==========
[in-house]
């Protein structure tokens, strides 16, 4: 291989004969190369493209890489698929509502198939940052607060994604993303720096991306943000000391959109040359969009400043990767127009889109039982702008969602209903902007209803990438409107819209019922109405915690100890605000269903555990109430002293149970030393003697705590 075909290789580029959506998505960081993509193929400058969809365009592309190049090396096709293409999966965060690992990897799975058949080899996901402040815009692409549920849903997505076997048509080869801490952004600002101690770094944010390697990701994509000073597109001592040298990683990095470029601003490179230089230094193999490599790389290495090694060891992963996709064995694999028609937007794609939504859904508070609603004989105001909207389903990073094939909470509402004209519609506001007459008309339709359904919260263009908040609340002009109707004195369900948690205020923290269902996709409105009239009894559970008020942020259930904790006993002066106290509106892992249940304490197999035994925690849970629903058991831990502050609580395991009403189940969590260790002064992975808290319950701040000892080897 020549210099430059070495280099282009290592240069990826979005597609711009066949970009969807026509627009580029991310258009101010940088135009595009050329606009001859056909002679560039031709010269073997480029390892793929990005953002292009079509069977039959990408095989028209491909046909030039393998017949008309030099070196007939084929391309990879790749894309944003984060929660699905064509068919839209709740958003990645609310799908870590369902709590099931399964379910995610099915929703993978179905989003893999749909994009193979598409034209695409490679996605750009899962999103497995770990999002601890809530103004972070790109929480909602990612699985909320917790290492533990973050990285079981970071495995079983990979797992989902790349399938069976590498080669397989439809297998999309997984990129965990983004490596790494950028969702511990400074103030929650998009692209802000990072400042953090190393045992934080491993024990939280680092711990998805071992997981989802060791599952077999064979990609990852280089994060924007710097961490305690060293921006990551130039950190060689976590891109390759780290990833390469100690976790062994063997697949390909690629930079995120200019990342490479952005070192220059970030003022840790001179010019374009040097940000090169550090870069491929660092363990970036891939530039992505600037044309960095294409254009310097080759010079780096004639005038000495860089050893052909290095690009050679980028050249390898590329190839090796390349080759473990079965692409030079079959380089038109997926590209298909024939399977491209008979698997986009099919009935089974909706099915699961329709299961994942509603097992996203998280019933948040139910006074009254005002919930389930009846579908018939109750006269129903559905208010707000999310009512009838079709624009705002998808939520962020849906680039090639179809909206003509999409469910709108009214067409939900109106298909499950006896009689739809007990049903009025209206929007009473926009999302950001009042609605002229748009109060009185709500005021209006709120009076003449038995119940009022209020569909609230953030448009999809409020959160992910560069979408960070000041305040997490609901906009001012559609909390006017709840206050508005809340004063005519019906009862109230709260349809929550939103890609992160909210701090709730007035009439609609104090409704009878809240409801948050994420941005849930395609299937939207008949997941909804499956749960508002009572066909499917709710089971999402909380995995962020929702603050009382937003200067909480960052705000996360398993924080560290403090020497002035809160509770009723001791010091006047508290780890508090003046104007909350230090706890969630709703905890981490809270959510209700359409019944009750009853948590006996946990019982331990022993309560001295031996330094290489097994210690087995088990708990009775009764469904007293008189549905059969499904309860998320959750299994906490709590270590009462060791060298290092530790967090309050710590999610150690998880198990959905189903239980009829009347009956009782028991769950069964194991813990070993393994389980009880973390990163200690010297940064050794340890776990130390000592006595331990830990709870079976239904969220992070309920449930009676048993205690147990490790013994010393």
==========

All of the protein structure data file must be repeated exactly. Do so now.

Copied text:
[in-house]
């Protein structure tokens, strides 16, 4: 291989004969190369493209890489698929509502198939940052607060994604993303720096991306943000000391959109040359969009400043990767127009889109039982702008969602209903902007209803990438409107819209019922109405915690100890605000269903555990109430002293149970030393003697705590 075909290789580029959506998505960081993509193929400058969809365009592309190049090396096709293409999966965060690992990897799975058949080899996901402040815009692409549920849903997505076997048509080869801490952004600002101690770094944010390697990701994509000073597109001592040298990683990095470029601003490179230089230094193999490599790389290495090694060891992963996709064995694999028609937007794609939504859904508070609603004989105001909207389903990073094939909470509402004209519609506001007459008309339709359904919260263009908040609340002009109707004195369900948690205020923290269902996709409105009239009894559970008020942020259930904790006993002066106290509106892992249940304490197999035994925690849970629903058991831990502050609580395991009403189940969590260790002064992975808290319950701040000892080897 020549210099430059070495280099282009290592240069990826979005597609711009066949970009969807026509627009580029991310258009101010940088135009595009050329606009001859056909002679560039031709010269073997480029390892793929990005953002292009079509069977039959990408095989028209491909046909030039393998017949008309030099070196007939084929391309990879790749894309944003984060929660699905064509068919839209709740958003990645609310799908870590369902709590099931399964379910995610099915929703993978179905989003893999749909994009193979598409034209695409490679996605750009899962999103497995770990999002601890809530103004972070790109929480909602990612699985909320917790290492533990973050990285079981970071495995079983990979797992989902790349399938069976590498080669397989439809297998999309997984990129965990983004490596790494950028969702511990400074103030929650998009692209802000990072400042953090190393045992934080491993024990939280680092711990998805071992997981989802060791599952077999064979990609990852280089994060924007710097961490305690060293921006990551130039950190060689976590891109390759780290990833390469100690976790062994063997697949390909690629930079995120200019990342490479952005070192220059970030003022840790001179010019374009040097940000090169550090870069491929660092363990970036891939530039992505600037044309960095294409254009310097080759010079780096004639005038000495860089050893052909290095690009050679980028050249390898590329190839090796390349080759473990079965692409030079079959380089038109997926590209298909024939399977491209008979698997986009099919009935089974909706099915699961329709299961994942509603097992996203998280019933948040139910006074009254005002919930389930009846579908018939109750006269129903559905208010707000999310009512009838079709624009705002998808939520962020849906680039090639179809909206003509999409469910709108009214067409939900109106298909499950006896009689739809007990049903009025209206929007009473926009999302950001009042609605002229748009109060009185709500005021209006709120009076003449038995119940009022209020569909609230953030448009999809409020959160992910560069979408960070000041305040997490609901906009001012559609909390006017709840206050508005809340004063005519019906009862109230709260349809929550939103890609992160909210701090709730007035009439609609104090409704009878809240409801948050994420941005849930395609299937939207008949997941909804499956749960508002009572066909499917709710089971999402909380995995962020929702603050009382937003200067909480960052705000996360398993924080560290403090020497002035809160509770009723001791010091006047508290780890508090003046104007909350230090706890969630709703905890981490809270959510209700359409019944009750009853948590006996946990019982331990022993309560001295031996330094290489097994210690087995088990708990009775009764469904007293008189549905059969499904309860998320959750299994906490709590270590009462060791060298290092530790967090309050710590999610150690998880198990959905189903239980009829009347009956009782028991769950069964194991813990070993393994389980009880973390990163200690010297940064050794340890776990130390000592006595331990830990709870079976239904969220992070309920449930009676048993205690147990490790013994010393």